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Role of community vital to curb trafficking

Anti-Trafficking in Persons Conclave hosted at the American Center by the US consulate general sees participants share success stories

Debraj Mitra | Published 21.05.22, 08:04 AM
The conclave at the American Center on Friday

The conclave at the American Center on Friday

Sourced by The Telegraph

A school at the southernmost tip of West Bengal had 1,280 students in March 2020, just before the nationwide Covid curbs were imposed.

When offline classes finally resumed in February this year, the number was 1,050.

A section of the dropouts may have fallen prey to child marriage, said a man who works at the school.

Saral Kumar Das, a clerk at the higher-secondary school on the edge of South 24-Parganas, was a participant in the Anti-Trafficking in Persons Conclave, hosted at the American Center by the US consulate general, Kolkata, and Shakti Vahini, a Delhi-based NGO, on Friday.

Das’s home is not far from where the Hooghly meets the Bay of Bengal. Every year, some portion of the land is gobbled up by the rising sea level.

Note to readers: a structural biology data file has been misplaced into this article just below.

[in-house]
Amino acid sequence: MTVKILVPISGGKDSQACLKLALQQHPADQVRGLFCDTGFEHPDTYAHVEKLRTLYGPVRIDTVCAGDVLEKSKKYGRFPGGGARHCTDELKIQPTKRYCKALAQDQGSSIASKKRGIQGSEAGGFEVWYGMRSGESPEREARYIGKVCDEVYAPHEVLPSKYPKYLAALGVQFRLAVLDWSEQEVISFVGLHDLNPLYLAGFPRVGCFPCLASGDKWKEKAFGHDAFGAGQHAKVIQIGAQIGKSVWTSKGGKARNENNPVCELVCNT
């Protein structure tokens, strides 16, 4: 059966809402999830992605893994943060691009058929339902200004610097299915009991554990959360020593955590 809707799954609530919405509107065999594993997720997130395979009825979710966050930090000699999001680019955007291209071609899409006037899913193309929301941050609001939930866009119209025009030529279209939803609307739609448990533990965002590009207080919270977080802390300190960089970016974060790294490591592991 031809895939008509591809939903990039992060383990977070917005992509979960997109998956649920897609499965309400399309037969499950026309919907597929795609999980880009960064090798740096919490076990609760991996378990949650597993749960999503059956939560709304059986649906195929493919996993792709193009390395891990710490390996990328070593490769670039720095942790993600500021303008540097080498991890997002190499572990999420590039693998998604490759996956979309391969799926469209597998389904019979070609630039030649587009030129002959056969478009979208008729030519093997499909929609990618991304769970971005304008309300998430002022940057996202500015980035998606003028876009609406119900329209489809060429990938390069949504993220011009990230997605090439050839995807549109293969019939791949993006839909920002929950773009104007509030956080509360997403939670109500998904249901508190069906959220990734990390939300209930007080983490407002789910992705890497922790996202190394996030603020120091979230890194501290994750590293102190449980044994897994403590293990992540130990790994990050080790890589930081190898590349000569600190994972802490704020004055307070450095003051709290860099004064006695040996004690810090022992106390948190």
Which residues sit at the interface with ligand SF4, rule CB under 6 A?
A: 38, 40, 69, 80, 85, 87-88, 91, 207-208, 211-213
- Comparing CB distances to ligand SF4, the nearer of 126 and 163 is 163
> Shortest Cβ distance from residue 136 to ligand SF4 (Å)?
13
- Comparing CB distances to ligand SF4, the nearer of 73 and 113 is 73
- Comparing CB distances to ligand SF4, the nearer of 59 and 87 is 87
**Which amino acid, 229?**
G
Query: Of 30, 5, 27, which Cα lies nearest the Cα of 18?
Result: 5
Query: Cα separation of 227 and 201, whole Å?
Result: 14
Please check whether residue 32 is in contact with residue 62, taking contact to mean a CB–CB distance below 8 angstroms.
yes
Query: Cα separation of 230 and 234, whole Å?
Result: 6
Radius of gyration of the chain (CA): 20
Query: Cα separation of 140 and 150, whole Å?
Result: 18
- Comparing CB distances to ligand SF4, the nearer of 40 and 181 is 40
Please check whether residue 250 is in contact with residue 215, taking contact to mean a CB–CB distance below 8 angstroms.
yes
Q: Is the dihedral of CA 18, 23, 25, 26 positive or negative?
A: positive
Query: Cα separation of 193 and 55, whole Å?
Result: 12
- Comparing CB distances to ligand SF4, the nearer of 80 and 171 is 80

The invasion of brackish water destroys farmlands on a regular basis.

“Most of the students come from extremely poor families. The pandemic came as a killer blow for them. In the past couple of years, our school has had a dropout rate of around 20 per cent. People are bothered about the next meal, not children’s education,” said Das.

School dropouts often lead to child marriage, which can be the stepping stone to trafficking, activists have repeatedly said.

Participants in the conclave comprised students, teachers, trafficking survivors, child protection committee members, panchayat representatives, members of non-profits and government representatives.

The conclave had been launched in January 2020 as a series of anti-trafficking workshops that shared Bengal’s successful, police-led and school-based Swayam Siddha model with key stakeholders in Assam, Bihar and Jharkhand. 

Bengal’s Swayam Siddha scheme started in 2016 to curb trafficking and child marriages. Central to the scheme is peer group awareness. Girls and boys in schools and colleges are asked to report missing friends and possible minor marriages. They are educated in child rights and the unacceptability of violence, abuse, child labour, trafficking and early marriage.

“This (Swayam Siddha) model is successful because it ensures participation of communities and police. Leads provided by communities ensured several cases of trafficking could be prevented during transit in the pandemic,” said Rishi Kant, co-founder, Shakti Vahini.

“Human trafficking cannot be solved by one country or by a single entity. Governments, NGOs, police, the judiciary, companies and many others must all work together,” US consul general Melinda Pavek said.

Last updated on 21.05.22, 08:04 AM
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